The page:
Newhouse students dominate local hackathons to solve social issues

By Juliana LaBianca

December 9, 2014

Syracuse events tackled adult literacy, homelessness

Although many Newhouse students are new to hackathons, they’ve always been adept at solving problems and generating ideas. This semester, students in the Newhouse School’s web journalism and innovation class (ICC 505), along with other Newhouse and Syracuse University students, were strong participants in community-oriented hackathons.

One such hackathon benefited ProLiteracy, a local nonprofit that promotes adult literacy. ProLiteracy defines its hackathon as an event that “allows teams of innovators to build products and solve important problems relating to literacy, education and technology. The aim of this event is to make advances in the field of technology while supporting the education of adults all over the world.”

Three teams comprised of Newhouse students won first- and second-place prizes at the ProLiteracy and another hackathon.

“While the students may not have had technology backgrounds, we found that their strengths with communications, presentations, marketing, and social media all played into their contributions to these projects and efforts,” says Jon Glass, who co-taught the web journalism and innovation class with Dan Pacheco, the chair of journalism innovation at Newhouse. “It was a non-traditional class assignment. They not only had to understand technology, but work with others in that realm and tackle some really high-profile issues.”

The first of the two hackathons, the ProLiteracy Hackathon, was co-organized by The Tech Garden. The goal of the event was to use technology to find solutions related to international non-literacy, literacy program waiting lists, health literacy, incarceration recidivism as well as career and college readiness.

Team ideas were judged on creativity, value to the community, feasibility and execution. First prize was $2,500, $1,000 for second place and $500 for third.

Newhouse students Helena Battipaglia and Elisha Hahm joined forces with hackathon programmer Thomas Hart to create the first place winner, Page Turner. The application highlights and speaks words and sentences in books that the reader can follow along with. The app also keeps track of a user’s progress.

Second-place ProLiteracy Hackathon winners Seamus Kirst, Love Lee and Lauren Cavalli’s creation was a crowdsourcing website for literacy tutors called Folio. The website matches registered literacy tutors with literacy students, allowing students to access a tutor even if there is a waitlist at their local literacy center.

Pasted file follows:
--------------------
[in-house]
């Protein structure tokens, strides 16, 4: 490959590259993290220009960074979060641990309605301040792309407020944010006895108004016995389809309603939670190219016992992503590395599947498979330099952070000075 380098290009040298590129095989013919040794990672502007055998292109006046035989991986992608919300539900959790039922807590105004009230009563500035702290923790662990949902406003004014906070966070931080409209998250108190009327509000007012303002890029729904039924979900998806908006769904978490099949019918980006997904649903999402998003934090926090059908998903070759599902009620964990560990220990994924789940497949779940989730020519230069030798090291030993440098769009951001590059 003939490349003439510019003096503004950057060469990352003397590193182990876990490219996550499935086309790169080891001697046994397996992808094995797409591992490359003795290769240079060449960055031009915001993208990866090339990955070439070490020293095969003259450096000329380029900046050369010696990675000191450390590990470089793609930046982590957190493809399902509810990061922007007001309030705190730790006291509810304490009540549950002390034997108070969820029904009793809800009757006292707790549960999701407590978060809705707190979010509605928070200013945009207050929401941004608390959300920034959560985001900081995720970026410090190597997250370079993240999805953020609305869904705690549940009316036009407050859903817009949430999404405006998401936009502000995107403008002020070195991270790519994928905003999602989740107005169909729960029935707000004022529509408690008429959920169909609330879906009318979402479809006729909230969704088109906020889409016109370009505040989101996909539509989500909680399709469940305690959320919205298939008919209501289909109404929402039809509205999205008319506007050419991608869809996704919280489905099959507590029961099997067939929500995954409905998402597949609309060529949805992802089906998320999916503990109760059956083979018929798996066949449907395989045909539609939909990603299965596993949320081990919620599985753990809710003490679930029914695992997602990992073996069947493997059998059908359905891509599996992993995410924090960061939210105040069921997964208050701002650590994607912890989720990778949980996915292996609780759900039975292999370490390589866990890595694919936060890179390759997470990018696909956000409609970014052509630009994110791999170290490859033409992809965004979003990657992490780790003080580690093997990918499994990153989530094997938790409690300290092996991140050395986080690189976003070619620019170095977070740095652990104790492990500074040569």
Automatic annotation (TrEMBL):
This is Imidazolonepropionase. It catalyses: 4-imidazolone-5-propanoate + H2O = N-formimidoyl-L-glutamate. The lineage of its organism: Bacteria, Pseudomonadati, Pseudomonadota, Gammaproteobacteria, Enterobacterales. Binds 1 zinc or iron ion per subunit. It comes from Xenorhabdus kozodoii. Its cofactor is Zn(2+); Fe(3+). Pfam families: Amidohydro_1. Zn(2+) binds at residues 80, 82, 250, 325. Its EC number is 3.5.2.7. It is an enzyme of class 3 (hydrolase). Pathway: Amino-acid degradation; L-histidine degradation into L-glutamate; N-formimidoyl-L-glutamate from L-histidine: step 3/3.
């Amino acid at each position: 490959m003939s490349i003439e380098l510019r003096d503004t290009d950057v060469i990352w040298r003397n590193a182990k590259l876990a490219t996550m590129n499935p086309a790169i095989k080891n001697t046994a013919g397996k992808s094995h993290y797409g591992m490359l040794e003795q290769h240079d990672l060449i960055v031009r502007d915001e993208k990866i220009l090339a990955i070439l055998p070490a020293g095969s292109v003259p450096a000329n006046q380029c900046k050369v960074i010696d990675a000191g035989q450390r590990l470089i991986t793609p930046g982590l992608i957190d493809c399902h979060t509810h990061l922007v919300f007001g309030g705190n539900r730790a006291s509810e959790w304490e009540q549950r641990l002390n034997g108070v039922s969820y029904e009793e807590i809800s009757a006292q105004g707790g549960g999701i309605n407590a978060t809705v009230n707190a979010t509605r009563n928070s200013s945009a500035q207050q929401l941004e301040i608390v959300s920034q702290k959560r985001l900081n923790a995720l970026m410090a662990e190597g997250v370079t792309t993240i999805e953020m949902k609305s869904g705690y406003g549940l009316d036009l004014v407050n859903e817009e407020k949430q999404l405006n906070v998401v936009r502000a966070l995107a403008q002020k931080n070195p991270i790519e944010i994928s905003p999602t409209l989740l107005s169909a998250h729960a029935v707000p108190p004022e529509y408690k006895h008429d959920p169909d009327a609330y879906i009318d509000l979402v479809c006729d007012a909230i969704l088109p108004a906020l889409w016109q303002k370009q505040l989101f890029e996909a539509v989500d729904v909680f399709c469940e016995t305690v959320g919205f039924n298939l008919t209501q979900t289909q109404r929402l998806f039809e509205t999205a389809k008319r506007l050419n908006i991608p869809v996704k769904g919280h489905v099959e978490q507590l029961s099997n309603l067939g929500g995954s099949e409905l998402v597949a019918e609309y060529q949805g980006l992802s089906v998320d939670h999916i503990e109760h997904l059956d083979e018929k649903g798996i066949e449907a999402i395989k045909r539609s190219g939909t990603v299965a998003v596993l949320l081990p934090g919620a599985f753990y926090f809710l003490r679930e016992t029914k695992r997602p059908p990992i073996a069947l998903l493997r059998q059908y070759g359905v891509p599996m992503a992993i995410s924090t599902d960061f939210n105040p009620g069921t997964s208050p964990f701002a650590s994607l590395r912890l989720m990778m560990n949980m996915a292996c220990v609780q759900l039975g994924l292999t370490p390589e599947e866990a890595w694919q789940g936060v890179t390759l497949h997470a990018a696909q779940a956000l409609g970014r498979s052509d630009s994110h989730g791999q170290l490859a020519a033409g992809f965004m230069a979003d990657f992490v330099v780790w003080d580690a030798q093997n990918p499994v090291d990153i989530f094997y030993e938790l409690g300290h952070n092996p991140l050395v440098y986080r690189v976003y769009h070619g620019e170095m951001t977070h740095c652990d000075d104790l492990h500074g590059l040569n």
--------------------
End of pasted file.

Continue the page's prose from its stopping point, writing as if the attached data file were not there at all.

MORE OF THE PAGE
Kirst, a graduate student in the Goldring Arts Journalism program at the Newhouse School says his team had no idea what to expect at first.  

“There were five of us from our class who went to the ProLiteracy hack and didn’t have much coding or tech experience,” he says. “A few people pitched ideas, and then we paired off with them. So there were two people in our group who we didn’t know at first. At first I felt guilty because I wasn’t bringing any tech skills, but a guy on our team said he hated writing and presenting, so we really complemented each other.”

The Tech Garden also sponsored a second hack called Hack Hunger and Homelessness. The event was Nov. 8 and 9, which is the weekend before National Hunger and Homelessness Awareness Week. That event was defined as "a 24-hour-event where civic leaders, programmers, designers and entrepreneurs collaborate intensively on software and hardware projects." Organizers made a $1,000 donation to keep the first-place idea alive, according to the hack's website. Newhouse students Varuni Sinha, Sarah Brechbill, Sara Berlinger, and Irfan Uraizee won second place at that hackathon for their #TheNextStep idea.

#TheNextStep is an anonymous online community that helps users find resources and support by matching clients with local organizations.

Sara Berlinger, a senior broadcast and digital journalism major, says her favorite part of the hackathon was being able to collaborate with people outside of the university community and see the skills they could bring to the table.

“I’m not a coder, so it was cool to work with people who were knowledgeable and knew the technical aspects of making a website or app,” she says. “There were four people in our group from the Rochester Institute of Technology, and we really complemented each others’ skills.”

Overall, Glass says students benefited from the experience most because they were able to apply the digital training they received throughout their Newhouse experience in a new setting that was, for some students, out of their comfort zone.

“They put this training into use in a situation that wasn’t necessarily writing a magazine or creating a video. But elements of creating content and being good storytellers all came into play,” he says. “I think many of them surprised themselves.”

Juliana LaBianca is a senior magazine journalism major at the Newhouse School.


Event details


ProLiteracy Hackathon

Purpose: Build products and solve important problems relating to literacy, education and technology.

Location: ProLiteracy, 103 Marcellus St., Syracuse

Dates: Sept. 13 and 14

Newhouse Winners: First place: Helena Battipaglia and Elisha Hahm; Second place: Seamus Kirst, Love Lee and Lauren Cavalli


Hack Hunger and Homelessness

Purpose: Use mobile and computing technology to solve hunger and homelessness.

Location: The Tech Garden, 235 Harrison St., Syracuse

Dates: Nov. 8 and 9

Winners: Second place: Varuni Sinha, Sarah Brechbill, Sara Berlinger and Irfan Uraizee